Metformin can have immunosuppressive effects in a number of models: GVHD, lupus, and graft rejection (22–24). In these scenarios, T cells are the “dominant force” at the site of activation and may be experiencing either the systemic hypoglycemic or lactic acidotic effects of metformin. In the tumor microenvironment, where T cells are competing metabolically with cancer cells, metformin may simply be preferentially taken up by tumor cells. Our data showing that T cells demonstrate relatively low expression of the metformin transporter OCT-1 (Slc22a1) compared with tumor cells support this notion. Along these lines, our drinking water experiments suggest continual administration may mediate a less synergistic effect; translating these observations to the clinic will require dosing and sequencing experimentations to find optimal synergy with immunotherapeutic treatments.
Previous studies exploring the role of the HIF pathway have revealed somewhat surprising data regarding this oxygen-sensing pathway in T-cell function. T cells lacking VHL, the upstream inhibitor of HIF1α, show increased T-cell production of effector molecules like granzyme B and have enhanced antitumor activity, suggesting the hypoxia response might be advantageous for T cells (25). Hypoxia may function to promote aerobic glycolysis, which is tied to effector function epigenetically and posttranscriptionally (26–28). However, in the tumor microenvironment, as glucose is limiting, only cells able to effectively compete for glucose would experience an enhanced response (15, 16). Hypoxia and HIF are not always linked in T cells, as HIF1α is also stabilized upon T-cell activation and other downstream pathways (14). Indeed, our data showing that tumor-infiltrating T cells from metformin-treated animals had similar amounts of HIF1α, even though they experienced less hypoxia, as shown by pimonidazole staining, support the notion that HIF1α, especially in T cells, is not always directly linked to true hypoxia.
As we identified hypoxia as a barrier to tumor immunity, our data also suggest that the degree of tumor hypoxia may predict the response to immunotherapy. This is in agreement with a report examining transcriptomes from patients receiving PD-1 blockade, identifying a hypoxia signature in innate resistance to immunotherapy (29).
Our study employing metformin as a method to modulate the oxygen tension of the tumor microenvironment showed substantial effects on the efficacy of PD-1 blockade immunotherapy. However, we hypothesize that, as hypoxia acts as a general barrier to T-cell function, many forms of immunotherapy that aim to act by reinvigorating T cells at the tumor site will be improved through modulation of this aspect of the microenvironment. Future studies will explore how blockade of other checkpoints, stimulatory antibody treatment, or adoptive cell therapy might be improved by pharmacologic modulation of hypoxia.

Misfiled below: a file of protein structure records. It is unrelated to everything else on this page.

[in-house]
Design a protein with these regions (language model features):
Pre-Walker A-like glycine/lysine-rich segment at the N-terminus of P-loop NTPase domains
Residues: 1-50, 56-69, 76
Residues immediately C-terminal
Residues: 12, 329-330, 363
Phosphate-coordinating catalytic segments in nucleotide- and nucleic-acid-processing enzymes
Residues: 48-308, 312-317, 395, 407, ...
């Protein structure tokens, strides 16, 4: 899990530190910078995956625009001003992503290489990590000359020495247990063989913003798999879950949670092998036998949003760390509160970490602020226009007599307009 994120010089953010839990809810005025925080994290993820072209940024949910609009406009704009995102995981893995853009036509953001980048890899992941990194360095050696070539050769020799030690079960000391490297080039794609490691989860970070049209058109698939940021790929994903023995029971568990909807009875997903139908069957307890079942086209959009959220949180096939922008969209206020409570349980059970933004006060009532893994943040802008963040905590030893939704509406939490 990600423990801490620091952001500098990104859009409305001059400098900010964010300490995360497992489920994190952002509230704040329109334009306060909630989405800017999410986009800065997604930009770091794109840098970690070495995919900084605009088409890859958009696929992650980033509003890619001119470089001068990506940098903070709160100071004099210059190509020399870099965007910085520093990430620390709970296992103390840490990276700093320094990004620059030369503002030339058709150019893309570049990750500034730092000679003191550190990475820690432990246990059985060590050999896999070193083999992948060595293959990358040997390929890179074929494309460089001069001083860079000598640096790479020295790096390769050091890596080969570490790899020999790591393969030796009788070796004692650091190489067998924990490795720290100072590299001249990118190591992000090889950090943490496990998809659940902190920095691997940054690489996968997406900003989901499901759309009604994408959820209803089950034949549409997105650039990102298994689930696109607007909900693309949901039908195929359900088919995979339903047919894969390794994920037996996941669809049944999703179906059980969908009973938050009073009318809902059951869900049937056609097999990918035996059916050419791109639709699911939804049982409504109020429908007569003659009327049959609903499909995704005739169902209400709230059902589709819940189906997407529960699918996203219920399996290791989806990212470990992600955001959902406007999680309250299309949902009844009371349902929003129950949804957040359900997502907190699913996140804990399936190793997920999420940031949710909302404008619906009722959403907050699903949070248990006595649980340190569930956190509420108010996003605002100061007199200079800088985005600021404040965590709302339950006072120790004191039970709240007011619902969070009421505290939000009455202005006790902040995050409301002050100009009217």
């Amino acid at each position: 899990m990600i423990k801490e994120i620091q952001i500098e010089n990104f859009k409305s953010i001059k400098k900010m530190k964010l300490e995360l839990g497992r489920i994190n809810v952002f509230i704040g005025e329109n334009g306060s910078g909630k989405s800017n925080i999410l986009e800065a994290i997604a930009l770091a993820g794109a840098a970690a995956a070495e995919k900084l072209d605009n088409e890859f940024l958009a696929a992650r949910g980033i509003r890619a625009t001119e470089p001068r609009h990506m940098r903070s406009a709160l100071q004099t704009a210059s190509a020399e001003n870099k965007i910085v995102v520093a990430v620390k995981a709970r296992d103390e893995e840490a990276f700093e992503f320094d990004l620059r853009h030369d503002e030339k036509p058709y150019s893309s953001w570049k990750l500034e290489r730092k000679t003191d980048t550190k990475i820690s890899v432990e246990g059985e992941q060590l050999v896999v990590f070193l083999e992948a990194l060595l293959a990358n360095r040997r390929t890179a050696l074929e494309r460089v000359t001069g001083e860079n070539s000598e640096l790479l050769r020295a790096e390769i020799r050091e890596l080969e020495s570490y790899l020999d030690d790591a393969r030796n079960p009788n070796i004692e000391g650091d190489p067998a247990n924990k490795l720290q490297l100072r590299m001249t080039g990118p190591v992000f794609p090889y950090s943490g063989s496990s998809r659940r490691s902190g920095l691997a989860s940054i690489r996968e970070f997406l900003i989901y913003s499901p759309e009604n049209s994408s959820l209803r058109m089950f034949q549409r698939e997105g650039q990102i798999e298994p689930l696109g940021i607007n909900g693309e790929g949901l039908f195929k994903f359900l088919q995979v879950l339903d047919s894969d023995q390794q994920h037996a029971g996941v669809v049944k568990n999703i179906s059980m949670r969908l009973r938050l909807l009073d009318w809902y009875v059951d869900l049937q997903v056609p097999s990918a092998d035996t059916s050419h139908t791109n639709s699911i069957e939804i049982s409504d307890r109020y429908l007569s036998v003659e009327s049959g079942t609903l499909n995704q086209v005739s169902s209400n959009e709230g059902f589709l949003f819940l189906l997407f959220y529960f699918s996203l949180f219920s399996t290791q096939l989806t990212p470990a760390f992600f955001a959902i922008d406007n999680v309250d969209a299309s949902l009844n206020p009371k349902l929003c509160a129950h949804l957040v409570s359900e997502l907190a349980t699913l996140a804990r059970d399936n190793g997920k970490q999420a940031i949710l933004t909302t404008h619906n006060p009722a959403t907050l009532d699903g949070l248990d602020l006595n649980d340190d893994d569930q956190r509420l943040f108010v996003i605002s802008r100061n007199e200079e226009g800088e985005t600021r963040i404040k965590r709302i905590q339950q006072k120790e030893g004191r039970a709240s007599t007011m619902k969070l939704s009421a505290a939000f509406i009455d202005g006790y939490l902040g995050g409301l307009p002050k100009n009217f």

Our data support a model in which a common phenotype of cancer cells, metabolic dysregulation, can mediate immune evasion and resistance to immunotherapy through the generation of a nutrient-poor, hypoxic microenvironment. Remodeling the tumor microenvironment through modulation of cancer cell metabolism may have the potential to convert nonresponder patients into those that can receive the benefits of immunotherapeutic cancer treatment.
Disclosure of Potential Conflicts of Interest
No potential conflicts of interest were disclosed.
Conception and design: G.M. Delgoffe
Development of methodology: G.M. Delgoffe
Acquisition of data (provided animals, acquired and managed patients, provided facilities, etc.): N.E. Scharping, A.V. Menk, R.D. Whetstone, X. Zeng, G.M. Delgoffe
Analysis and interpretation of data (e.g., statistical analysis, biostatistics, computational analysis): N.E. Scharping, A.V. Menk, G.M. Delgoffe
Writing, review, and/or revision of the manuscript: N.E. Scharping, G.M. Delgoffe
Administrative, technical, or material support (i.e., reporting or organizing data, constructing databases): A.V. Menk, G.M. Delgoffe
Study supervision: G.M. Delgoffe
This project used the UPCI Animal and Cytometry Facilities, supported in part by award P30CA047904. This work was supported by the Sidney Kimmel Foundation for Cancer Research (SKF-015-039), the Samuel and Emma Winters Foundation, the University of Pittsburgh Cancer Institute Skin Cancer SPORE (P50CA121973-08), the University of Pittsburgh Cancer Institute Head and Neck Cancer SPORE (P50 CA097190), a Stand Up To Cancer-AACR Innovative Research Grant (SU2C-AACR-IRG-04-16), and startup funds to G.M. Delgoffe.
The costs of publication of this article were defrayed in part by the payment of page charges. This article must therefore be hereby marked advertisement in accordance with 18 U.S.C. Section 1734 solely to indicate this fact.